# Discrete-time sampling of filtered white noise

I am trying to understand how I can relate a discrete-time random process to a continuous-time random process sampled at discrete times.

Suppose I have a noise source $$N_\tau(t)$$ which is derived from unit-amplitude additive white Gaussian noise N(t) that is fed through a single-pole low pass filter $$H(s) = \frac{1}{\tau s +1}$$.

I understand that the power spectral density of $$N_\tau(t)$$ is $$S_{N_\tau}(\omega) = |H(\omega)|^2 = \frac{1}{(\omega\tau)^2 +1}$$. So far so good.

Now I want to sample $$N_\tau(t)$$ at regular intervals $$T$$ to obtain a signal $$n_\tau[k] = N_\tau(kT)$$ -- how would I figure out the standard deviation and spectral density of the discrete samples $$n_\tau[k]$$?

Hmm. For standard deviation, I see https://dsp.stackexchange.com/a/8632/829 which states for uniform power spectral density $$N_0/2$$, the standard deviation is

$$\sigma^2 = \int_{-\infty}^\infty \frac{N_0}{2}|H(f)|^2\,\mathrm df$$

which in my case would yield

\begin{align} \sigma^2 &= \int_{-\infty}^\infty \frac{N_0}{2}|H(f)|^2\,df \\ &= \int_{-\infty}^\infty \frac{N_0}{2}|H(\omega/2\pi)|^2\,d(\omega/2\pi) \\ &= \frac{1}{2\pi}\int_{-\infty}^\infty \frac{N_0}{2}|H(\omega)|^2\,d\omega \\ &= \frac{1}{2\pi}\int_{-\infty}^\infty \frac{N_0}{2}\frac{1}{(\omega\tau)^2+1}\,d\omega \\ &= \frac{1}{2\pi\tau}\int_{-\infty}^\infty \frac{N_0}{2}\frac{1}{(\omega\tau)^2+1}\,d(\omega\tau) \\ &= \frac{1}{2\pi\tau}\int_{-\infty}^\infty \frac{N_0}{2}\frac{1}{u^2+1}\, du \\ &= \frac{N_0}{4\pi\tau}\left[\tan^{-1} u\right]_{-\infty}^{\infty} \\ &= \frac{N_0}{4\pi\tau}\left[\pi/2 - (-\pi/2)\right] \\ &= \frac{N_0}{4\tau}, \end{align}

and with unit WGN $$N_0/2 = 1$$ so $$\sigma = \sqrt{1/2\tau}$$.

Not sure how to compute the PSD of a sampled random process, however.

• Why is $N_0/2$ equal to $1$? Does this have something to do with the claim in your question that it is "unit-amplitude" white noise that you are considering whatever that adjective means to you? And if so, please explain "unit-amplitude" means, it is not something that I have encountered before in the context of white noise. – Dilip Sarwate Jun 16 '20 at 11:51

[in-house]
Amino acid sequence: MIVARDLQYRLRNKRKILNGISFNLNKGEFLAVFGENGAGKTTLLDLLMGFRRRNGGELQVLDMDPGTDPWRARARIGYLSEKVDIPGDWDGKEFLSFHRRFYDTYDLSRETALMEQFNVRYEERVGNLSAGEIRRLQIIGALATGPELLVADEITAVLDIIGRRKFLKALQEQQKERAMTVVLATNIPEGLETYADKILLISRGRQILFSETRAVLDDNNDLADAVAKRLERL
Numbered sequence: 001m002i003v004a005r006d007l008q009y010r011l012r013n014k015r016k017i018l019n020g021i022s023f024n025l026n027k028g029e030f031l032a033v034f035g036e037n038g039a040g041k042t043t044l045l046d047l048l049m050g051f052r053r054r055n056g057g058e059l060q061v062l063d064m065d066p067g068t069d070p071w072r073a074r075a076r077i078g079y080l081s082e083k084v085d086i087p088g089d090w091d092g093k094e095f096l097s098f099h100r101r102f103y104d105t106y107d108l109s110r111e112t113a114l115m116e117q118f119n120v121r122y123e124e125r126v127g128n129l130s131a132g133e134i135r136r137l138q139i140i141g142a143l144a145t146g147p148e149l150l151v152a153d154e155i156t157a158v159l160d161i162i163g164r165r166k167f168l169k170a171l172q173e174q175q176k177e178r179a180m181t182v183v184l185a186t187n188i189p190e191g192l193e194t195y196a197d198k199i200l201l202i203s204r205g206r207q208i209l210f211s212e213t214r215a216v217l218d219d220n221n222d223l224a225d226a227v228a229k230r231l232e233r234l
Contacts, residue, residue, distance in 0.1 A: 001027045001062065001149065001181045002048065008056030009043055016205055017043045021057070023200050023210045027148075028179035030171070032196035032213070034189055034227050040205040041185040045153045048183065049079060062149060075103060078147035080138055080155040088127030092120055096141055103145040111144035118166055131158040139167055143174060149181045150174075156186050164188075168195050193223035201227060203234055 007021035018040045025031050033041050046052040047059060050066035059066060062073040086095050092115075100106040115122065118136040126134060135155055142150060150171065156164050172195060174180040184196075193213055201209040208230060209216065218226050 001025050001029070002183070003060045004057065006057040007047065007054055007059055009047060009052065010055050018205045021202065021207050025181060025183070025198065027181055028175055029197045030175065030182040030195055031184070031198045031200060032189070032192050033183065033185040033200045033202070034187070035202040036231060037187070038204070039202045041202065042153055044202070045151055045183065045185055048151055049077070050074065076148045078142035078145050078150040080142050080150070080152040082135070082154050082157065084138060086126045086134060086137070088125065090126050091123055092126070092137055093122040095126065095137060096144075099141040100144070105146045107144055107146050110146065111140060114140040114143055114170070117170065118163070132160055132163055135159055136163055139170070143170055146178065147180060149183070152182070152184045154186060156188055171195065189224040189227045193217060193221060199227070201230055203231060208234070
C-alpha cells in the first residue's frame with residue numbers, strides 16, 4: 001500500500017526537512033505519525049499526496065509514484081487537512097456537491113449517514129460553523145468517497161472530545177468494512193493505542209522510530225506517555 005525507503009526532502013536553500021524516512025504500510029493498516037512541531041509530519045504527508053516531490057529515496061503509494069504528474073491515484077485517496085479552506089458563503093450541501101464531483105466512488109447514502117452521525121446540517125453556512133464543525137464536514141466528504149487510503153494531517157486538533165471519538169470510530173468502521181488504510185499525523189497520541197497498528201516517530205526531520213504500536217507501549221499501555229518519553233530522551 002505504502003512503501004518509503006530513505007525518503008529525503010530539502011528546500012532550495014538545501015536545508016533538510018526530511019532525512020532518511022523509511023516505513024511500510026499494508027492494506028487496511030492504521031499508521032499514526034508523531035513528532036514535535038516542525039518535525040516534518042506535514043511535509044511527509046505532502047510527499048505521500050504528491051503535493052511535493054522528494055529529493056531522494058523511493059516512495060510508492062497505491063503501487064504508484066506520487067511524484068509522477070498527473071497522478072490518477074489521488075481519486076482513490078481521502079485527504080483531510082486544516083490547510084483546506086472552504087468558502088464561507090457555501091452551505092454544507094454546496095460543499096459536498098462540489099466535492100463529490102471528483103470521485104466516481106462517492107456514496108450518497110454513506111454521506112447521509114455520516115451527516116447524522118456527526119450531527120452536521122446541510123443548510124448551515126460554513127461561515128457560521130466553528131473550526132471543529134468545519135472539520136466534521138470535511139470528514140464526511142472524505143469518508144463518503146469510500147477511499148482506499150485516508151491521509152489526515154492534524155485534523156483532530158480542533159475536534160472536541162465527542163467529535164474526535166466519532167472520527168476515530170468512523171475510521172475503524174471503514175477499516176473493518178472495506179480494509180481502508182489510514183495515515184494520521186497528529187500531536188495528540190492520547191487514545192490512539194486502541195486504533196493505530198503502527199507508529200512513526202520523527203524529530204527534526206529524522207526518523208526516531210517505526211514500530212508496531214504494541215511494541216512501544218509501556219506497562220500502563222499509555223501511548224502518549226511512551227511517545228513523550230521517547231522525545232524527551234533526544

• Normalized might be the better term – Dan Boschen Jun 16 '20 at 15:17
• Normalized -- yes, I can always scale it to the real amplitude. I just want to understand the relationship between the abstract AWGN source in continuous time and its effect on a discrete-time system. – Jason S Jun 16 '20 at 19:29

If you sample a finite-power continuous time WSS random process $$x(t)$$, the auto-correlation of the sampled process $$y[k]=x(kT)$$ equals the sampled auto-correlation of the continuous-time process:

$$y[k]=x(kT)\;\Longleftrightarrow \;R_y[k]=R_x(kT)\tag{1}$$

Since the power spectrum is the Fourier transform of the auto-correlation, the power spectrum of the sampled process is a periodically continued version of the power spectrum of the continuous-time process:

$$S_y(e^{j\omega T})=\frac{1}{T}\sum_{k=-\infty}^{\infty}S_x\left(\omega-\frac{2\pi k}{T}\right)\tag{2}$$

Clearly, we have $$R_y[0]=R_x(0)$$, so if $$x(t)$$ is zero mean it follows that $$\sigma_y=\sigma_x$$.

• "the power spectrum of the sampled process is an aliased version of the power spectrum of the continuous-time process" OK that's what I was missing – Jason S Jun 16 '20 at 19:30
• @JasonS: Actually, that formulation isn't really great. I should have said "a periodically continued version" because aliasing doesn't need to occur if the noise is band-limited and if the sampling rate is sufficiently high. – Matt L. Jun 16 '20 at 19:38